Theodore Roosevelt

The Air Around Tom Paine
April 24, 1995

Thomas Paine: Collected Writings edited by Eric Foner (The Library of America, 906 pp., $35) Thomas Paine: Apostle of Freedom by Jack Fruchtman Jr. (Four Walls Eight Windows, 557 pp., $30) Thomas Paine: A Political Life by John Keane (Little, Brown, 644 pp., $27.95) I. Every twenty-ninth of January, Thomas Paine's admirers assemble at his old farm in New Rochelle, New York, to celebrate his birthday and to lay a wreath on his monument.

For a New Nationalism
March 27, 1995

 I. In January, as the value of the Mexican peso plummeted, President Clinton, Majority Leader Bob Dole and House Speaker Newt Gingrich agreed to a U.S. Treasury plan guaranteeing $40 billion of new loans to the Mexican economy. The loans, it was hoped, would stop the peso’s fall and also save the investments of American banks and mutual funds that had bought high-interest Mexican bonds after the passage of the North American Free Trade Agreement (NAFTA). As Congress began debating the deal, hundreds of CEOs and business lobbyists led by John W.

Two Cheers For Irving Kristol
October 30, 1983

Who he was, and was not.

Cloud Nine
October 31, 1970

The pursuit of happiness shapes our manufacture and consumption, work and leisure, conservation and despoliation - activities which can’t go on freely and simultaneously without colliding. You can’t cut a redwood and enjoy its natural majesty, too.

Choosing Supreme Court Judges
May 02, 1970

The Founding Fathers, who met in the summer of 1787 to draw up a Constitution for the United States, gave relatively little attention to the judiciary. Clearly they had only a hazy notion of the vital role the judiciary was to play in umpiring the federal system or in limiting the powers of government. Article III of the Constitution says nothing whatever about the qualifications of judges, or about the mechanics of choice. Indeed it says practically nothing about the mechanics of the judicial system itself.

The Eclipse of Progressivism
January 01, 1970

This article was originally published on October 27, 1920. The chief distinguishing aspect of the Presidential campaign of 1920 is the eclipse of liberalism or progressivism as an effective force in American politics. In every previous election, at least since 1896, one candidate or one party advanced a valid claim for support of those voters who believed that the public welfare demanded more or less drastic changes in national organization and policy; and since 1904 the preponderant preference of this progressive vote has determined the result of the election.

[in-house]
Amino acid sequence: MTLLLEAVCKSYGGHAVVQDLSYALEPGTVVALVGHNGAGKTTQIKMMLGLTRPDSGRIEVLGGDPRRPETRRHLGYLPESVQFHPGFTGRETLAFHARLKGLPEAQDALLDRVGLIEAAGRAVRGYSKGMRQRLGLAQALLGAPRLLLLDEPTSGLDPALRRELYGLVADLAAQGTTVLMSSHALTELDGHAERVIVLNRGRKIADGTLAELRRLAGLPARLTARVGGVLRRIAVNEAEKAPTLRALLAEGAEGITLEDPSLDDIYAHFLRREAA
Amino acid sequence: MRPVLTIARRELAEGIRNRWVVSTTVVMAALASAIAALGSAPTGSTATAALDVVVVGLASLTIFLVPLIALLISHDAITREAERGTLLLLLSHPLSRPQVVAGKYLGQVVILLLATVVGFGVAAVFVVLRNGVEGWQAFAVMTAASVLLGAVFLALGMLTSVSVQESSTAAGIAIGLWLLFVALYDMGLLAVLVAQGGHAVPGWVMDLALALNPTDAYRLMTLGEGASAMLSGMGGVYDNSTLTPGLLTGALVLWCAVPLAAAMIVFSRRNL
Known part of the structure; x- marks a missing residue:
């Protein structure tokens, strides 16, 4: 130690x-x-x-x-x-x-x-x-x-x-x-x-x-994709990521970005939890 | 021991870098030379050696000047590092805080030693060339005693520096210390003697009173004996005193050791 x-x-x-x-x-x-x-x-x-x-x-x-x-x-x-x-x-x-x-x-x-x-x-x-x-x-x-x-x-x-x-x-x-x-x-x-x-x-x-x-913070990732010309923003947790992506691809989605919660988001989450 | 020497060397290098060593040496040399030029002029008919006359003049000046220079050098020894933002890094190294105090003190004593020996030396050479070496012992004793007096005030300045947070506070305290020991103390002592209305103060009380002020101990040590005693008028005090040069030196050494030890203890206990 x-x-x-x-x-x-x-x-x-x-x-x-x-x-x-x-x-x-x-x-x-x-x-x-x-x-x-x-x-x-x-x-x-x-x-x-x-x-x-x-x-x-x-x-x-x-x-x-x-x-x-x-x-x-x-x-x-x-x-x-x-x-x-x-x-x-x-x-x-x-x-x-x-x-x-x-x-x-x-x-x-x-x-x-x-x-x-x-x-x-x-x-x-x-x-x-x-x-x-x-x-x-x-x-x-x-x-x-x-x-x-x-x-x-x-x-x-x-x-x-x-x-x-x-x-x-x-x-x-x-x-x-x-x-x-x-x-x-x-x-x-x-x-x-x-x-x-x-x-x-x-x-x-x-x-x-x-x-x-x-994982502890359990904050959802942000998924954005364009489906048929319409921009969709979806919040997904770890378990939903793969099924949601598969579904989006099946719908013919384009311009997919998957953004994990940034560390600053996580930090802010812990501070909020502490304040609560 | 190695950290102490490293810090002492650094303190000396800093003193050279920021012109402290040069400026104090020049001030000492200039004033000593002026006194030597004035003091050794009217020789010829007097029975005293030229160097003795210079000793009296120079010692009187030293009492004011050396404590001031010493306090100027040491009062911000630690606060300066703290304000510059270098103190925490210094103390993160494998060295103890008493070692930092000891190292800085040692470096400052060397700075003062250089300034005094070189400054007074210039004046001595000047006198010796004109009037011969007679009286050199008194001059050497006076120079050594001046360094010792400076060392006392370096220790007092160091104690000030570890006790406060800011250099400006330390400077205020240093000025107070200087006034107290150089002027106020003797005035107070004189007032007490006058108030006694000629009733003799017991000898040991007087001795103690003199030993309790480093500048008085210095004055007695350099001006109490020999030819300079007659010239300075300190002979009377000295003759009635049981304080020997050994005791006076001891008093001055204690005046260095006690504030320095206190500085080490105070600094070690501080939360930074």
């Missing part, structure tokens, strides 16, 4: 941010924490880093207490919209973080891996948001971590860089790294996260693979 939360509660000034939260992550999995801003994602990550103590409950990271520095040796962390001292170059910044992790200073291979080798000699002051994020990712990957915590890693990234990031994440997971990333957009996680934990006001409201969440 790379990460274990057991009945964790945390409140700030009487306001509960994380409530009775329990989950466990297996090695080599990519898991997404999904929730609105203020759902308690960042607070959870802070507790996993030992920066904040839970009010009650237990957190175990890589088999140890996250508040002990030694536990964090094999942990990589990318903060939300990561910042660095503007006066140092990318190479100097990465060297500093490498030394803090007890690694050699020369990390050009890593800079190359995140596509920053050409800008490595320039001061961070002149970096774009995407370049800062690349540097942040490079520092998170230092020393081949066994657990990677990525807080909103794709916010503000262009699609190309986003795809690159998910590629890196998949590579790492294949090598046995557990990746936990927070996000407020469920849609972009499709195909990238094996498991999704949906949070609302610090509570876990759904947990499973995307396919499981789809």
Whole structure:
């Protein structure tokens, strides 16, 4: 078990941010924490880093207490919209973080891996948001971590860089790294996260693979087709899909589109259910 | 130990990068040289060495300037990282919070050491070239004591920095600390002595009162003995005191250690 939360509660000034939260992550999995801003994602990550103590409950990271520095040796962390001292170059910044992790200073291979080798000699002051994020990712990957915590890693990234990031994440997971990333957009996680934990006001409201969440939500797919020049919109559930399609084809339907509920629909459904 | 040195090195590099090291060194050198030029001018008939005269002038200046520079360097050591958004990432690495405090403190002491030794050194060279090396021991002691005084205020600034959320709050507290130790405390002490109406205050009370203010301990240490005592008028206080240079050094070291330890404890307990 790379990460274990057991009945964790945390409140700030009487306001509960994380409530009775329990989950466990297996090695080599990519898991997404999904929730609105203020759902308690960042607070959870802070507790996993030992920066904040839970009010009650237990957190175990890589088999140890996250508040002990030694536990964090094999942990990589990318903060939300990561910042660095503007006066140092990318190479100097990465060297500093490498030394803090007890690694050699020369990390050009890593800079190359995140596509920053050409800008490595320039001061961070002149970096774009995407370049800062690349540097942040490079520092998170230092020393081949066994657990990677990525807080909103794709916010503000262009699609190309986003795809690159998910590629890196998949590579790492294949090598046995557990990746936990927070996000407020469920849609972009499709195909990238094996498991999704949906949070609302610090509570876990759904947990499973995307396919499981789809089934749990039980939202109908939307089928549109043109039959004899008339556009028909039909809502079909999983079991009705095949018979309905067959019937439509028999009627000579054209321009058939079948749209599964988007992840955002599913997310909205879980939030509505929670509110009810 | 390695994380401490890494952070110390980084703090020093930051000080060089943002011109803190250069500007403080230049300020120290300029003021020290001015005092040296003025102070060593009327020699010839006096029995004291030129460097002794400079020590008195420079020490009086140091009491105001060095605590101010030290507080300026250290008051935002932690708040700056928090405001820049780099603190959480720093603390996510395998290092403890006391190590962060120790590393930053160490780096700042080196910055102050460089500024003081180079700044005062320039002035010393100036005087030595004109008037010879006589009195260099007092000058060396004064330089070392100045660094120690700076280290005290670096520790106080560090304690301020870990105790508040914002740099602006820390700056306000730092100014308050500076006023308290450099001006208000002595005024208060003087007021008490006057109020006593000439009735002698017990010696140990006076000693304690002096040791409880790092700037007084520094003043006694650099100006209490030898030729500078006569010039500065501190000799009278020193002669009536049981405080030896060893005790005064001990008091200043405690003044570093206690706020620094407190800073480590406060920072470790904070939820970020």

New Personal Devil—Bureaucracy
October 25, 1943

There is a new whipping boy in America today, one that has succeeded "the interests," "Wall Street," "the railroads," "socialism" and all the other time-honored favorites of politicians and public alike.

Again—The Trust Problem
January 19, 1938

The speeches of Robert H. Jackson and Secretary Ickes, as well as the President's message to Congress and his Jackson Day address, have again brought to the foreground the problem of monopoly. It is now generally recognized that these utterances constitute an effective political counter-attack against those who have been blaming the administration for the depression. But what is the program of the President? Is he going to do anything about the situation except to make political capital out of it? The retort frequently made to Mr.

How is Hoover?
June 27, 1928

The nomination by the Republican party of Herbert Hoover for President, like the nomination of Theodore Roosevelt in 1904, is a signal of the influence of novel factors in American politics. Mr. Hoover is an engineer who is also a business man. The methods which he represents as a business man are determined by training and experience as an engineer; and the purposes which inform his activities as an engineer are determined by his outlook as a business man. As a combination of engineer and business man he is a startling apparition in American politics.

The Eclipse of Progressivism
October 27, 1920

Herbert Croly's vision for American politics.